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Previous: B.2 Language Summary for awkAppendix B
Quick Reference for awk
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B.3 Command Summary for awk

The following alphabetical list of statements and functions includes all that are available in POSIX awk, nawk, or gawk. See Chapter 11, A Flock of awks, for extensions available in different implementations.


atan2(y, x)

Returns the arctangent of y/x in radians.


Exit from a while, for, or do loop.




In most implementations of awk, you can only have a limited number of files and/or pipes open simultaneously. Therefore, awk provides a close() function that allows you to close a file or a pipe. It takes as an argument the same expression that opened the pipe or file. This expression must be identical, character by character, to the one that opened the file or pipe - even whitespace is significant.


Begin next iteration of while, for, or do loop.



Return cosine of x in radians.


delete array[element]

Delete element of an array.




while (expr)

Looping statement. Execute statements in body then evaluate expr and if true, execute body again.


exit [expr]

Exit from script, reading no new input. The END rule, if it exists, will be executed. An optional expr becomes awk's return value.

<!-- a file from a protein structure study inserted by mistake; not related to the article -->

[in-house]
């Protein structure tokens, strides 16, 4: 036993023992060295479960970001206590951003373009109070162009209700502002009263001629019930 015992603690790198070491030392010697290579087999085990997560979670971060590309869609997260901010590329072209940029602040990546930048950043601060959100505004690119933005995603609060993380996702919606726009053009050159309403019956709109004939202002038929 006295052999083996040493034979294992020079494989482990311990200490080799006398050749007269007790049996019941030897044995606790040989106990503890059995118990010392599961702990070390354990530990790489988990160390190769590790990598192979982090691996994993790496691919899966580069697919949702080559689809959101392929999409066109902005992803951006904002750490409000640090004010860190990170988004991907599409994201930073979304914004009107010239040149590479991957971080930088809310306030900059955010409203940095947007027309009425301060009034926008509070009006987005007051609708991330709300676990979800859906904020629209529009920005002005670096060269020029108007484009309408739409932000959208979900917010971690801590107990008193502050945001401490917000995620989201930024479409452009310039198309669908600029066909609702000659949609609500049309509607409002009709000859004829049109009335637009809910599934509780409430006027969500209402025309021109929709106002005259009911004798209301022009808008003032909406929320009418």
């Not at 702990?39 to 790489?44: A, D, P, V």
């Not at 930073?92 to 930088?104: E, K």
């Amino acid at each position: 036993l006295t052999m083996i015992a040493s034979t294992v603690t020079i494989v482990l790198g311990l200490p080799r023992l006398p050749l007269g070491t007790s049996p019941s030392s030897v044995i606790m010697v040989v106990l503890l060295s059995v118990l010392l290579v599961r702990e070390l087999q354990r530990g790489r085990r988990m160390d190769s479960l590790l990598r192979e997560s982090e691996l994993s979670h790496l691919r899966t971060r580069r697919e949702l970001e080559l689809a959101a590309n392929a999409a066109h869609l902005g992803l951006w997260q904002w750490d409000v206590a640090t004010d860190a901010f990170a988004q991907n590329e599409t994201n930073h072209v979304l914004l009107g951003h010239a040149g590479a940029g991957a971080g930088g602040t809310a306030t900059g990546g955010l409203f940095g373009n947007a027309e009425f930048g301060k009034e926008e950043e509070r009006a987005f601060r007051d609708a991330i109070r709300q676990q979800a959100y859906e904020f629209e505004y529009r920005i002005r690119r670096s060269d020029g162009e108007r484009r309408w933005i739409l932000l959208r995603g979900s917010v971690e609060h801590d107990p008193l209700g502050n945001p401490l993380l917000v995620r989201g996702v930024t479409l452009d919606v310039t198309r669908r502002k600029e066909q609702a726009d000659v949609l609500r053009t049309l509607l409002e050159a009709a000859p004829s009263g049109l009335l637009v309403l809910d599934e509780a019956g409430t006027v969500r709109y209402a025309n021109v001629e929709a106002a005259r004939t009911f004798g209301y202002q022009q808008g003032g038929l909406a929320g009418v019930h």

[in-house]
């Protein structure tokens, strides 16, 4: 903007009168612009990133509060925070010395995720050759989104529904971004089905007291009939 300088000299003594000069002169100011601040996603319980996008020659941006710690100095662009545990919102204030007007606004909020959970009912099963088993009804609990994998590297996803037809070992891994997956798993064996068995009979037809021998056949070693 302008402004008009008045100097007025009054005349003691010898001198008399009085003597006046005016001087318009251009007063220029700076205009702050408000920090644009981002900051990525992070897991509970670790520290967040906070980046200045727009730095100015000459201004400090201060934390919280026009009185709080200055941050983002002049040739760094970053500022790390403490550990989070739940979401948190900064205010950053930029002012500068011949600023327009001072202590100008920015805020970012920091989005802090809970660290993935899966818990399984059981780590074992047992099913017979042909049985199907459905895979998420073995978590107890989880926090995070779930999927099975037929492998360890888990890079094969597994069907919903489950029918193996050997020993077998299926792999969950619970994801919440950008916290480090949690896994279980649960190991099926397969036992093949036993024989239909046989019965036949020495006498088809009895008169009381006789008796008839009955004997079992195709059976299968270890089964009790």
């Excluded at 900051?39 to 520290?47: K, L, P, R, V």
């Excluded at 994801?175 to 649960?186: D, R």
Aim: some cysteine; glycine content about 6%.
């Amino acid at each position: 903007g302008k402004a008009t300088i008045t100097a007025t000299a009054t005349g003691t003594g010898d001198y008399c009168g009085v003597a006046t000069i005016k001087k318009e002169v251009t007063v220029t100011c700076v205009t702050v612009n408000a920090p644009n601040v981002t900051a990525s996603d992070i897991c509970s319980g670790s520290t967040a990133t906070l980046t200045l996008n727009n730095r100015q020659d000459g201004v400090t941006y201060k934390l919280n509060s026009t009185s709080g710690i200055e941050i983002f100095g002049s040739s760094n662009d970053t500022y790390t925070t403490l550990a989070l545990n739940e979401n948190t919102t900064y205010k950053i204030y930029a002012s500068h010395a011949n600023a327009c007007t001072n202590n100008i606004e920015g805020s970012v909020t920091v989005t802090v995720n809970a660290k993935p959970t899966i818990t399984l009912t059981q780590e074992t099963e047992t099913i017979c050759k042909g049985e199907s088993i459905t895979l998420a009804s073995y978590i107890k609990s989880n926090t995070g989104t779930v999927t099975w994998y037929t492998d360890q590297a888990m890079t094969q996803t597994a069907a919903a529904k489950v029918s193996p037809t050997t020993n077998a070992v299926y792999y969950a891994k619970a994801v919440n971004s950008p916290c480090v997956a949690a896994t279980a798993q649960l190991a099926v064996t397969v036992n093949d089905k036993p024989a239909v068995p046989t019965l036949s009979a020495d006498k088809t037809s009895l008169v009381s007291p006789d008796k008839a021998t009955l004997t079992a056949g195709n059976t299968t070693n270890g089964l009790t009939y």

Return exponential of x (e ^ x).


for (init-expr; test-expr; incr-expr) statement

C-style looping construct. init-expr assigns the initial value of the counter variable. test-expr is a relational expression that is evaluated each time before executing the statement. When test-expr is false, the loop is exited. incr-expr is used to increment the counter variable after each pass.

for (item in array) statement

Special loop designed for reading associative arrays. For each element of the array, the statement is executed; the element can be referenced by array[item].


Read next line of input.

getline [var] [<file]

command | getline [var]

The first form reads input from file and the second form reads the output of command. Both forms read one line at a time, and each time the statement is executed it gets the next line of input. The line of input is assigned to $0 and it is parsed into fields, setting NF, NR, and FNR. If var is specified, the result is assigned to var and the $0 is not changed. Thus, if the result is assigned to a variable, the current line does not change. getline is actually a function and it returns 1 if it reads a record successfully, 0 if end-of-line is encountered, and -1 if for some reason it is otherwise unsuccessful.


gsub(r, s, t)

Globally substitute s for each match of the regular expression r in the string t. Return the number of substitutions. If t is not supplied, defaults to $0.


if (expr) statement1

[ else statement2 ]

Conditional statement. Evaluate expr and, if true, execute statement1; if else clause is supplied, execute statement2 if expr is false.


index(str, substr)

Return position (starting at 1) of substring in string.



Return integer value of x by truncating any digits following a decimal point.



Return length of string, or the length of $0 if no argument.



Return natural logarithm (base e) of x.


match(s, r)

Function that matches the pattern, specified by the regular expression r, in the string s and returns either the position in s where the match begins, or 0 if no occurrences are found. Sets the values of RSTART and RLENGTH to the start and length of the match, respectively.